The “Mandamientos” series became a way to reclaim a certain form of agency — both for La Jaxx and the women seeing her pieces.
“The mandamientos were for both men and women, but, to me, it was important to empower women with them,” says La Jaxx. “That’s basically la meta. For a woman to be walking by and it speaking to her in such a way that it empowers her.”
The series also serves as a way for La Jaxx to insert more of her voice into the public art landscape. La Jaxx saw a lack of female voices in public art, and she wanted to change that. The topics she addresses — sexuality, marriage, relationships, self-worth — are rarely talked about in Latino communities, not to mention in public and on the streets.
“Street art and graffiti was always a male thing, you know? You’d have boys going out at night and spray painting, not girls,” says La Jaxx. “The minority is women. So what you have in the streets, the messaging was always more created by men. My legs and all my icons are always very feminine.”
The signature legs paired with these quotes symbolize women, though you can’t see her face or any other identifying features. She only wears a pair of of high heels, sometimes all-black and other times with a distinct pattern. The figure seems defiant even while her identity is obscured.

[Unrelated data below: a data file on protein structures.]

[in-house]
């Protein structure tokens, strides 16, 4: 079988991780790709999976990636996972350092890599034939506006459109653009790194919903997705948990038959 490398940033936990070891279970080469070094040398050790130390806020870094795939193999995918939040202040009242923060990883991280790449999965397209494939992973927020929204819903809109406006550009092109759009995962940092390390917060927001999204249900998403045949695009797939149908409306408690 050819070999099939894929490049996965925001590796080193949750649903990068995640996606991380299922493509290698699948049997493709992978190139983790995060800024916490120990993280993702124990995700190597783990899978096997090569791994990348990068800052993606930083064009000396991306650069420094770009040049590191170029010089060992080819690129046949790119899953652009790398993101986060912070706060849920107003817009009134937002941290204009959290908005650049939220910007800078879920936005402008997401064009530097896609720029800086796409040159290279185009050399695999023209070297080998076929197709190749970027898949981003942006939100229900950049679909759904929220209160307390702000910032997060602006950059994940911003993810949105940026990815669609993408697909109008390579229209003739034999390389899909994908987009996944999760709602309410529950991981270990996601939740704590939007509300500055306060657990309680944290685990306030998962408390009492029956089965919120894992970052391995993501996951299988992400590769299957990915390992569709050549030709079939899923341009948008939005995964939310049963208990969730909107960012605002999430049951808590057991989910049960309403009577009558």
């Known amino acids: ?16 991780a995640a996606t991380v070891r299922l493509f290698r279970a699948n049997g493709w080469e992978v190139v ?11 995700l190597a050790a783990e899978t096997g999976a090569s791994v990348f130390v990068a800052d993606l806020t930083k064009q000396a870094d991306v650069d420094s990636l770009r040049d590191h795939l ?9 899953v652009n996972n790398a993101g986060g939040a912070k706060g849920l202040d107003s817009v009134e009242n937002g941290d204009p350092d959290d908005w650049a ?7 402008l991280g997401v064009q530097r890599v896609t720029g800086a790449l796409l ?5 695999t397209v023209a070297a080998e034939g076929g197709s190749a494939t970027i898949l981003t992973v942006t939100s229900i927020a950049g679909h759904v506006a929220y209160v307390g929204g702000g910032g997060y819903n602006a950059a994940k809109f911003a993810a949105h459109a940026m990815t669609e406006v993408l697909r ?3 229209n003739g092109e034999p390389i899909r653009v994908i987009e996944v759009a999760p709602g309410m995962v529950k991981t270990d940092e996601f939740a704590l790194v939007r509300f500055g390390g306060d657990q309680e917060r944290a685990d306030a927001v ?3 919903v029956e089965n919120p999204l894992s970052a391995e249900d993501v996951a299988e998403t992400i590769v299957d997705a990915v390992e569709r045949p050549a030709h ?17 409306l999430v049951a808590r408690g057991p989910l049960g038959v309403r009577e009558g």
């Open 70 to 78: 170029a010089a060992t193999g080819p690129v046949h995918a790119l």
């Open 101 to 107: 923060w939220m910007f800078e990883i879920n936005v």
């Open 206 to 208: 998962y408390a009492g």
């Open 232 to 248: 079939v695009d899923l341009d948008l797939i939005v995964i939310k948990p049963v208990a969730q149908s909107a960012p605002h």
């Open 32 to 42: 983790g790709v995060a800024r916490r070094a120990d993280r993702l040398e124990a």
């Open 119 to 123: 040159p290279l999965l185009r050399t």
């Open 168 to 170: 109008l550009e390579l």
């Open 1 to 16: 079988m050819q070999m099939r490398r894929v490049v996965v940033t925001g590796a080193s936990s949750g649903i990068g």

For La Jaxx, though, the message is not to focus purely on anger but rather it’s to embrace femininity and to recognize a sense of self-worth.
“It’s more of a celebration than oppression,” says La Jaxx. “It comes more from gratefulness than from oppression. My voice always comes from being happy we’re women, celebrating we’re women.”
And while the artist recalls having many great conversations with men and women alike, not all the reactions are positive. People have defaced some of the pieces. On one occasion, a friend told La Jaxx that a policeman was trying really hard to remove one of her pieces in New York.
“He was hating it,” says La Jaxx. “I love that. I love what happens, the conversation ... and people sending me pictures after what happens, people writing over them, or what they comment, it’s amazing.”
The artist has now completed 30 commandments, 20 of which have gone up on the streets. In order to spread the project, she posted a PDF of the commandments (specifically the ones she created) for others to print and post in their own towns.
Some see her as a rebel — “they always joke around ‘ah ella es la feminista,’” she says — but that doesn’t deter her from creating her work. “My grandmother wouldn’t understand why I would do something like that,” La Jaxx adds.
Now living in Colombia with her two daughters, she hopes to continue the project for as long as she can. For her, there will always be plenty of commandments to post on the street.